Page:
Into his son’s morning milk, which is oat milk and not cow’s milk, soy milk, or almond milk, he is counting fifty-six drops of Sucraid—ten, eleven, twelve—(because his son has a congenital sucrase-isomaltase deficiency, which means he has trouble digesting sugars.) Then he’ll add a teaspoon of Ranitidine (for reflux). Then two probiotic capsules (to keep plenty of flora in his son’s gut). Then a shooter of Gastrocrom (for mastocytosis, which his son may not have—they will just have to wait and see.) Afterward he will break open into his son’s bowl of applesauce a capsule of Pentasa (to help fight inflammation in his gastrointestinal system.) But right now it’s milk time. It’s 5:15 a.m., and dark, approaching winter in this woodsy suburb of Boston. He is counting drops of Sucraid—fifteen, sixteen, seventeen—while his son sits at the kitchen table, crying, as he does every morning. Down the hall, his wife is running the blow-dryer in the bathroom, naked save a towel at her waist. He imagines her head tilted to one side, her wet hair falling across her shoulders and breasts the way he likes. She is getting ready for work at Hanscom AFB, in an office with no windows, a job now that the seasons have changed she drives to and from in darkness. Two days ago, while carrying their son inside (he is four, and heavy, and sometimes still falls asleep in the car) she slipped in the driveway and crushed her knee on the pavement—the same knee she had reconstructive surgery on at 17, when she fell while skating, and now she says she thinks she feels “something moving around in there,” meaning the screw they drilled into the bone. She blow-dries her hair and he knows what she is thinking, can feel it through the wall that separates them. How much will an MRI cost? And will the knee require surgery? When they did the reconstruction they gave her morphine and she had an allergic reaction (the morphine didn’t work; she woke up in recovery screaming.) And he knows she is thinking about the IEP the school put together for their son last month, for kindergarten, the occupational therapy he will require, and how it was all so poorly written. And about whether insurance will get the reimbursement from his speech therapist to them in time for them to pay their rent on the first of the month. And her best friend’s wedding down in DC in the spring—he knows she can’t think about that or she will start crying because she has to tell her friend she can’t afford to go. “Do you need in here?” she calls over the sound of the blow-dryer. “Hold on,” he says. “I’m making his milk. I’m counting.” The Sucraid drips from its dropper bottle and he counts—thirty-two, thirty-three. He blocks out the sound of his son’s crying. Crying that is more like shrieking, like rain turning to sleet, like a knife through paper. Crying that started the night his son was born, a sound so unnatural and painful he and his wife knew something was wrong. But they were told, over and over, that this was just what babies did. Babies cried. Babies and toddlers and preschoolers. Morning, noon and night. They cried. They cried and did not stop, did not ever stop. And that’s how it went until by some unfathomable grace, after two and a half years of sleep-deprivation and hurt and tears, a doctor finally ordered an endoscopy and a colonoscopy, and they found out some of what was wrong with their son. And that is what he tries not to think about—what is wrong, and whether it is all physical, all in the gut, or if it is neurological and forever. There are words he knows now that he wishes he never knew, wishes no family had to know: aphasia, dyspraxia, sensory-processing disorder, fragile x syndrome. When their son had cried and cried and cried and would not stop, he and his wife fed him bottle after bottle of milk—more milk probably than he should have been given—and he knows now, maybe too late, that overfeeding a baby can cause bleeding in the brain. It kills him to think he may have irreparably harmed his son just trying to comfort him, feeding him milk. Forty-three, forty-four, forty-five. It kills him to think that his son’s infanthood and toddlerhood, and the people he and his wife had been, are gone. That the life he and his wife had known—the life of two kind and loving people who dreamed of a third, a child with whom to share that love—is gone. Mornings to lie in bed, holding each other. Afternoons to walk and talk and daydream. A warm meal and a good night’s sleep, and the feeling that everything will be fine, if not now then someday and soon. Gone. Gone. Gone. Replaced by a life utterly given over to the most basic and brutal of needs—where even pouring a cup of milk feels like a heroic task. And maybe it is, was and always had been. Maybe privilege kept him from knowing it. Which makes him somehow glad to know it now. Makes him think that if any gift has materialized from his suffering it is the humility he feels in the face of all that can go wrong in this life. Down the hall in the bathroom his wife pulls the plug on the blow-dryer. The sound fades out. Fifty-five and fifty-six. The last little drop. Then in goes the Ranitidine, the probiotics, the shooter of Gastrocrom. He takes the cup to the kitchen table and hands it to his son, who bows his head and eagerly drinks. And in the sudden quiet, the first and last of the morning, the gratitude this father feels (for his family, for the doctor who saved his family, for his job and his wife’s job, for the fall color in the oak trees out back where he has seen wild turkeys trotting in the mud, whitetail deer munching acorns, a brilliant red fox)—the gratitude he feels is a drop of medicine in the milk of his loss. ::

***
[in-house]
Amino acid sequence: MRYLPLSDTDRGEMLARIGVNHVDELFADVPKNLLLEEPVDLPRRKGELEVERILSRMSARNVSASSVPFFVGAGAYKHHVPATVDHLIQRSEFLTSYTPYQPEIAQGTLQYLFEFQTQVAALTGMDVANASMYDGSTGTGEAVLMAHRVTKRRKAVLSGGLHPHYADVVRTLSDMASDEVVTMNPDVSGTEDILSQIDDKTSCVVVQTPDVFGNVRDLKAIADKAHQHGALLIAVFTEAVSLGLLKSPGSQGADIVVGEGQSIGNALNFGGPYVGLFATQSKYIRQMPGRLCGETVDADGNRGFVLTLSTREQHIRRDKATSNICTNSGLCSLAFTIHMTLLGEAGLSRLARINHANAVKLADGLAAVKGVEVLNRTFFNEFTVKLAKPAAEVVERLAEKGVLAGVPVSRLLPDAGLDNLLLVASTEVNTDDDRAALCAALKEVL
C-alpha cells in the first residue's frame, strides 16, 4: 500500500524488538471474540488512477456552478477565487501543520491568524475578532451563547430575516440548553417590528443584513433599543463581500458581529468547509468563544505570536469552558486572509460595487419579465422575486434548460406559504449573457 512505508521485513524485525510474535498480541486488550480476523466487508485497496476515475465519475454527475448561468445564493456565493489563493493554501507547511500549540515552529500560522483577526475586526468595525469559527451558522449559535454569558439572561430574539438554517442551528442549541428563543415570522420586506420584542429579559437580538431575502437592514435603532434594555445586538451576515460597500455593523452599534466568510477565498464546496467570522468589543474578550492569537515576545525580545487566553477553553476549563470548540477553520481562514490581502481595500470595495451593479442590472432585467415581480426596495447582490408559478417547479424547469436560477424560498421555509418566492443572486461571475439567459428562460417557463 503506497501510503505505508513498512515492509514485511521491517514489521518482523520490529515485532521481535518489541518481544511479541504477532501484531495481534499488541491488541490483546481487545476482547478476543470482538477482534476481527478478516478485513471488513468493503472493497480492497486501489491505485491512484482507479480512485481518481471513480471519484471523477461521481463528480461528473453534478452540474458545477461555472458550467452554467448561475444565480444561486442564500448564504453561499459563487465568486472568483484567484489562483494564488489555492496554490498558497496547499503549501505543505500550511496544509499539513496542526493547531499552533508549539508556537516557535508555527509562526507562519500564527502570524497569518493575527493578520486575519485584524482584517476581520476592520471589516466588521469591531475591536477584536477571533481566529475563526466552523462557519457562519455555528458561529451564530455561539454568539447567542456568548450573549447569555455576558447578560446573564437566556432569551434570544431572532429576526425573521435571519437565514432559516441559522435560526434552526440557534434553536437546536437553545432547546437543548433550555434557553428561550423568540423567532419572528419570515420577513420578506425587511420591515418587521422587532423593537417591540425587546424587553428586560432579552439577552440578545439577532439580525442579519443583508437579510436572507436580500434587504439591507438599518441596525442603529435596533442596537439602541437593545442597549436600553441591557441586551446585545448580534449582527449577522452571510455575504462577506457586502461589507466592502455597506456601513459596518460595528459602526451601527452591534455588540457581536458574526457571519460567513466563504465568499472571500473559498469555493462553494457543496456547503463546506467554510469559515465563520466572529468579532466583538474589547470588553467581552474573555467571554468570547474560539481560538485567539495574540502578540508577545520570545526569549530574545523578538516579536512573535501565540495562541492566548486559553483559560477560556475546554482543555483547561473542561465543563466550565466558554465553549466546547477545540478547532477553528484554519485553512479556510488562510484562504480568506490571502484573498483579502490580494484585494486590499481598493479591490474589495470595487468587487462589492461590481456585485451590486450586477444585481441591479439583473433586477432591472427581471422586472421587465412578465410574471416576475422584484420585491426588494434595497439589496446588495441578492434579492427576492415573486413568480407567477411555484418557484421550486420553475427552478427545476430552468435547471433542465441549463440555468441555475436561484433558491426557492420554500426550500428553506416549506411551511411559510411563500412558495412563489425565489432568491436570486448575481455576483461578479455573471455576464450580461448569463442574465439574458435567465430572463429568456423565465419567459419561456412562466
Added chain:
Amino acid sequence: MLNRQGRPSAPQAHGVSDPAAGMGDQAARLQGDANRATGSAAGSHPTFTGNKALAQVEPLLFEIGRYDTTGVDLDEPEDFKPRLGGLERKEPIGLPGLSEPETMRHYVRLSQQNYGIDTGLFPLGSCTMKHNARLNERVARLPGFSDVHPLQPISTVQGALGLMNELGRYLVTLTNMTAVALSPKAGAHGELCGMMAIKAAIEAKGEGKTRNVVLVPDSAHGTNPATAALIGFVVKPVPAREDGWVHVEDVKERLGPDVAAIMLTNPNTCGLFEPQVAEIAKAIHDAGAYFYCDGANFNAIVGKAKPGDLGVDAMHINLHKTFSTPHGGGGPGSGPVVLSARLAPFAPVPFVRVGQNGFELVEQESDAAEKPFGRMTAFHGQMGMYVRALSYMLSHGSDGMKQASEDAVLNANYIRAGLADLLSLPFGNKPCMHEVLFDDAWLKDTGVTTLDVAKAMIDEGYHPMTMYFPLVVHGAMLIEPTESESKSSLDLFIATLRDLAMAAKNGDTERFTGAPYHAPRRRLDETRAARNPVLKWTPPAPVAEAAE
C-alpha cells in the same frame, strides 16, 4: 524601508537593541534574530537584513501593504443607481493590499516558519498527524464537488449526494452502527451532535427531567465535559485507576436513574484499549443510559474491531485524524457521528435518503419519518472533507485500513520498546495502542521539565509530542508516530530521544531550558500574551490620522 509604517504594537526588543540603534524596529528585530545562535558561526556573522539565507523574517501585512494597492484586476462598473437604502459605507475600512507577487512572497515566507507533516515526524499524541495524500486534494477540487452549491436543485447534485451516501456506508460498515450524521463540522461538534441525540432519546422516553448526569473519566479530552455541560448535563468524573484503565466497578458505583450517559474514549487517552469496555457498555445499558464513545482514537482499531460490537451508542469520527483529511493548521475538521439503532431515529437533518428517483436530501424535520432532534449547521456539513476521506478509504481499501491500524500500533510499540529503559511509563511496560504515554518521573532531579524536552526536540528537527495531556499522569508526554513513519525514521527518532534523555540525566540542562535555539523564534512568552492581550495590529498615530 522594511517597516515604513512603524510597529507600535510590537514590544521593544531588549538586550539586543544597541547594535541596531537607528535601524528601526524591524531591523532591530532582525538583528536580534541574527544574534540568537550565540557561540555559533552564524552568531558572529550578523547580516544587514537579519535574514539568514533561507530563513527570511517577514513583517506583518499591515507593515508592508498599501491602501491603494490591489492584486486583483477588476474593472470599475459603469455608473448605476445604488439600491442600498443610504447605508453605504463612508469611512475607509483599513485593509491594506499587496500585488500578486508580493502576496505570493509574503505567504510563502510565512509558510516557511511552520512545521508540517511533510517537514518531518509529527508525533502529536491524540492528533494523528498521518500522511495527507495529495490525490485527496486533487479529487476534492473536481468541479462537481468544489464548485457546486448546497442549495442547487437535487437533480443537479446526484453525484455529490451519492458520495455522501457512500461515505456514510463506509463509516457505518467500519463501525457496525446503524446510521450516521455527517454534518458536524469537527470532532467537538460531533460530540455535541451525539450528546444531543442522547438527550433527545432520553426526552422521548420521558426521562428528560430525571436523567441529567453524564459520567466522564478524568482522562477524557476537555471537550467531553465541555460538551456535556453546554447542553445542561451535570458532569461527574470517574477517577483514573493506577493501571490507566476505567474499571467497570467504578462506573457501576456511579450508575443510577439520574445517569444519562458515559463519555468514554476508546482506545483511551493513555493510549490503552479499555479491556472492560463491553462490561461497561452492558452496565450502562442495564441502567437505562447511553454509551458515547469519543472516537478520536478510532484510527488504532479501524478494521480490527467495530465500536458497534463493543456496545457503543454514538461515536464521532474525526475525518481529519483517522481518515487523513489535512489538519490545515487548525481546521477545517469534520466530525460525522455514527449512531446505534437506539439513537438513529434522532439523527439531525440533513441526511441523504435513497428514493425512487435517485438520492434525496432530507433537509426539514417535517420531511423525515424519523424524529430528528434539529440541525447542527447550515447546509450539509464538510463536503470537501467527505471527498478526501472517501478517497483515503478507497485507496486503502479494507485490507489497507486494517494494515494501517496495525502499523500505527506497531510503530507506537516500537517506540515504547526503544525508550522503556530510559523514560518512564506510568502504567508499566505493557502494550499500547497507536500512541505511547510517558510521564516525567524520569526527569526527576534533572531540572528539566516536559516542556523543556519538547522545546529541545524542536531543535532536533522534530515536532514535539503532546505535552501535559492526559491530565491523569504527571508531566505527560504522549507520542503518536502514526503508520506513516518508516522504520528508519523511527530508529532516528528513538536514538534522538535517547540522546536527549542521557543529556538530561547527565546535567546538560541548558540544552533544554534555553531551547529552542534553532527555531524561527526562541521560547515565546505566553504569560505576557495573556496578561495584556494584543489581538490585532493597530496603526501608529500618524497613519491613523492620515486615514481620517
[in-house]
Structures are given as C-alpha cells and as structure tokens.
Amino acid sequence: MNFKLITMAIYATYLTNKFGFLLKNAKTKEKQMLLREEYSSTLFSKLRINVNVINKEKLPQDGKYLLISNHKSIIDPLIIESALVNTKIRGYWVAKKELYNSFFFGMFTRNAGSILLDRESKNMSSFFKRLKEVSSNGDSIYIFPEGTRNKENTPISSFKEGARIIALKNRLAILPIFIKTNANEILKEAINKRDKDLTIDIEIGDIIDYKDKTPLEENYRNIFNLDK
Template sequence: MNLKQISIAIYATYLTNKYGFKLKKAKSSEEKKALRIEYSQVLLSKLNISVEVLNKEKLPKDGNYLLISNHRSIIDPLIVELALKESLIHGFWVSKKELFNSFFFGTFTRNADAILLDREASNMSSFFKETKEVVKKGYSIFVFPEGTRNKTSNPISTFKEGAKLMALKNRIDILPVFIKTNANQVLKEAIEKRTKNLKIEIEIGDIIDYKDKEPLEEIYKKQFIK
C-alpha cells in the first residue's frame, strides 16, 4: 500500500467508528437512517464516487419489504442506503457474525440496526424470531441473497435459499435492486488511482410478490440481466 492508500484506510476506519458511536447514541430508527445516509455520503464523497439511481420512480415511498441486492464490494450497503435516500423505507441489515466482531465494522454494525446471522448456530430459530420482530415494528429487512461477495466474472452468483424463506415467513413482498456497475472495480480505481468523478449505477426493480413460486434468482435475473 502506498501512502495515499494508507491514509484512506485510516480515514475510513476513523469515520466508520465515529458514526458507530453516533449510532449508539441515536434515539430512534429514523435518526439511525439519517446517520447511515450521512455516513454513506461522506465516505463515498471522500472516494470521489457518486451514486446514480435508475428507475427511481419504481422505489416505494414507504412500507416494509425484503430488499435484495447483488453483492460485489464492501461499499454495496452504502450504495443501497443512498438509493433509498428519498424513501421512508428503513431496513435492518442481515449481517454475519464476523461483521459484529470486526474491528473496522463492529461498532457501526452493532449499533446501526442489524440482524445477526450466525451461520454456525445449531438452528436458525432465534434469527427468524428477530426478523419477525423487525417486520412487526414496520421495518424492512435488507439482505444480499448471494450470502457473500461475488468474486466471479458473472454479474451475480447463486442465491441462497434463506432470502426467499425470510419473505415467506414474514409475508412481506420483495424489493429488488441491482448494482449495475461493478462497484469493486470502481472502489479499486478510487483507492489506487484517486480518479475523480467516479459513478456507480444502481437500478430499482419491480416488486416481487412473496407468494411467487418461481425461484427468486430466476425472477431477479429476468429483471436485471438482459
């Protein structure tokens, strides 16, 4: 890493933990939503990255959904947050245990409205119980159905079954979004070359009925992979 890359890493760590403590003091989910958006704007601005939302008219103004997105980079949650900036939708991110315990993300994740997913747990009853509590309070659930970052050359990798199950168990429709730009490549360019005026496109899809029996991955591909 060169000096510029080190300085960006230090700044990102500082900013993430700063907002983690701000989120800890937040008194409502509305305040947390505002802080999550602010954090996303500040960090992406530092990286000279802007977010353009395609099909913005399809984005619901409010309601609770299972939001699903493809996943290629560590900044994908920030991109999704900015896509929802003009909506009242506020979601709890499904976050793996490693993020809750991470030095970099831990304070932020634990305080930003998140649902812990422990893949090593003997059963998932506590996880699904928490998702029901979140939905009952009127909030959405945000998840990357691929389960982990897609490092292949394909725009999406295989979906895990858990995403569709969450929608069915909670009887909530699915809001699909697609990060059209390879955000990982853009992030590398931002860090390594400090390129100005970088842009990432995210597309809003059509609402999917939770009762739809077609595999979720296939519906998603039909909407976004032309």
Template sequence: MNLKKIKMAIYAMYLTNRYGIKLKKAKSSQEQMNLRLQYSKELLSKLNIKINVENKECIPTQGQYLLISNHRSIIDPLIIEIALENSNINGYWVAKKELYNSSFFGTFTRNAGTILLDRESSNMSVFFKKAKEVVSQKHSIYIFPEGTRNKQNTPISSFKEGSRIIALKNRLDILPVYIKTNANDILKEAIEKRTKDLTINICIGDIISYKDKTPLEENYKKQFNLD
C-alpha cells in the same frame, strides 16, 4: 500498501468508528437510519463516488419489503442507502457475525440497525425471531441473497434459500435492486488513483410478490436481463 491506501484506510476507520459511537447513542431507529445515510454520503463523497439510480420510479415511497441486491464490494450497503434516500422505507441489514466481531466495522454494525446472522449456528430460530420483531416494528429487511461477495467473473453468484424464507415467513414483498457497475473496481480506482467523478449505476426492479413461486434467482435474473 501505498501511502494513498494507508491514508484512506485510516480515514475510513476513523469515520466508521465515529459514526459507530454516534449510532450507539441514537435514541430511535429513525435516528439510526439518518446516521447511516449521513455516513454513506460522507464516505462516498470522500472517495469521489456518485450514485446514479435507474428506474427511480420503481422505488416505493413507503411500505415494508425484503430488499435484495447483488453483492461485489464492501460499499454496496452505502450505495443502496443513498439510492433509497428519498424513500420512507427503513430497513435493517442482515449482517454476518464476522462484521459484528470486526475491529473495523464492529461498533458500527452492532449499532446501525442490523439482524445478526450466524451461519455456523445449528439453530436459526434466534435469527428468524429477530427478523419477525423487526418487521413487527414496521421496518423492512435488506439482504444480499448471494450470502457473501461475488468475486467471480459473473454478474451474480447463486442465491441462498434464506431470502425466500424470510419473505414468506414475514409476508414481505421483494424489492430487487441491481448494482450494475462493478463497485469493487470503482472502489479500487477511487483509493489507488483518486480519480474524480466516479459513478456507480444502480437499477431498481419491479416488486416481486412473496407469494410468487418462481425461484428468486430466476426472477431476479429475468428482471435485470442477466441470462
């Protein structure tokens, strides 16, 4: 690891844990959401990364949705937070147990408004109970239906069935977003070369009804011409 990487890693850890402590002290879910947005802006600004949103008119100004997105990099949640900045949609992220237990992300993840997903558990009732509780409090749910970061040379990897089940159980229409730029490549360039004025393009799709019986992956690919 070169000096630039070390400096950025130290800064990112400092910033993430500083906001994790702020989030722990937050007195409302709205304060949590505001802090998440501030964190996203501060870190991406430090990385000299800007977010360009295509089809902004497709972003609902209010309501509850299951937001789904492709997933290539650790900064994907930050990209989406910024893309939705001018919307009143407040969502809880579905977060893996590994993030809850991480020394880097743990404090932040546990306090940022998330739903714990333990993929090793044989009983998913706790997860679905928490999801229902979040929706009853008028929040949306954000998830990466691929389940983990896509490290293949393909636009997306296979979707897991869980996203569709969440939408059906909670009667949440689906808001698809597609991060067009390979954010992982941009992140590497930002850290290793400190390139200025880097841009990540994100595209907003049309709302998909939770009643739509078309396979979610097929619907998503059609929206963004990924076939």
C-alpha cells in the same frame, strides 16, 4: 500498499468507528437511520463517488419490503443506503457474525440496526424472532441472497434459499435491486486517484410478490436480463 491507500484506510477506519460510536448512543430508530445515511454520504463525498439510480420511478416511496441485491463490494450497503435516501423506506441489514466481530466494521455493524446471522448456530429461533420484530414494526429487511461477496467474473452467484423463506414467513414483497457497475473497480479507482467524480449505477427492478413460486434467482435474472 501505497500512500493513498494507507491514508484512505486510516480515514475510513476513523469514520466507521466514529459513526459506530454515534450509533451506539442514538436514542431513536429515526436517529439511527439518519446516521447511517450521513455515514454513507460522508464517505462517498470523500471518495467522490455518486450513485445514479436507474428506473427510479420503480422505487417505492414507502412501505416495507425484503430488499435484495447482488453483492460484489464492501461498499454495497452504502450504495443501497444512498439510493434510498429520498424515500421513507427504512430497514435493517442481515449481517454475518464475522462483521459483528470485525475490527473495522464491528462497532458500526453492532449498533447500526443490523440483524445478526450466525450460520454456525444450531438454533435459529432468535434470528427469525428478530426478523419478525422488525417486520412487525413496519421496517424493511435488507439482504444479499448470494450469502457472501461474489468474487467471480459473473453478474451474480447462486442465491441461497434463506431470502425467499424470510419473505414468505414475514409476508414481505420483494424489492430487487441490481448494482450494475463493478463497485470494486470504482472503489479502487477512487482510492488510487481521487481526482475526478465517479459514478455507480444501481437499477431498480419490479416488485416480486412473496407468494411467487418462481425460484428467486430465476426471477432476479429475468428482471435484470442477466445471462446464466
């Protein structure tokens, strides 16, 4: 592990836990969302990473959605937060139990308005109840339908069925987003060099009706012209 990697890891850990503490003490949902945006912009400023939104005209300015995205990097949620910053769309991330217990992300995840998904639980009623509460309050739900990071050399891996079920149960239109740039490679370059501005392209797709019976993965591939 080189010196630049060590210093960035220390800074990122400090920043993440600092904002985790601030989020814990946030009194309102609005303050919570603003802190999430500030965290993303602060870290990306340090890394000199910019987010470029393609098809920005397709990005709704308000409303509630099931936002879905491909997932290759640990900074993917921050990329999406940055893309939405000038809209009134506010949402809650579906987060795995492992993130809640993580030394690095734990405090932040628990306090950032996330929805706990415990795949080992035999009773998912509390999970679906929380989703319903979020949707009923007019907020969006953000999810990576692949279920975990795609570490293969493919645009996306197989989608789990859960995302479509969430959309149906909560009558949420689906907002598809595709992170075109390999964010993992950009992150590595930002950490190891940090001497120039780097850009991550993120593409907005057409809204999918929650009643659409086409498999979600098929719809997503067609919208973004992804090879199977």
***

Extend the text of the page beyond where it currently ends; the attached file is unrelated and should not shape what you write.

About the Author: Steve Edwards lives in Massachusetts with his wife and son. He is author of the memoir Breaking into the Backcountry. He tweets @The_Big_Quiet.

Story Song: "Jesus Was An Only Son" by Bruce Springsteen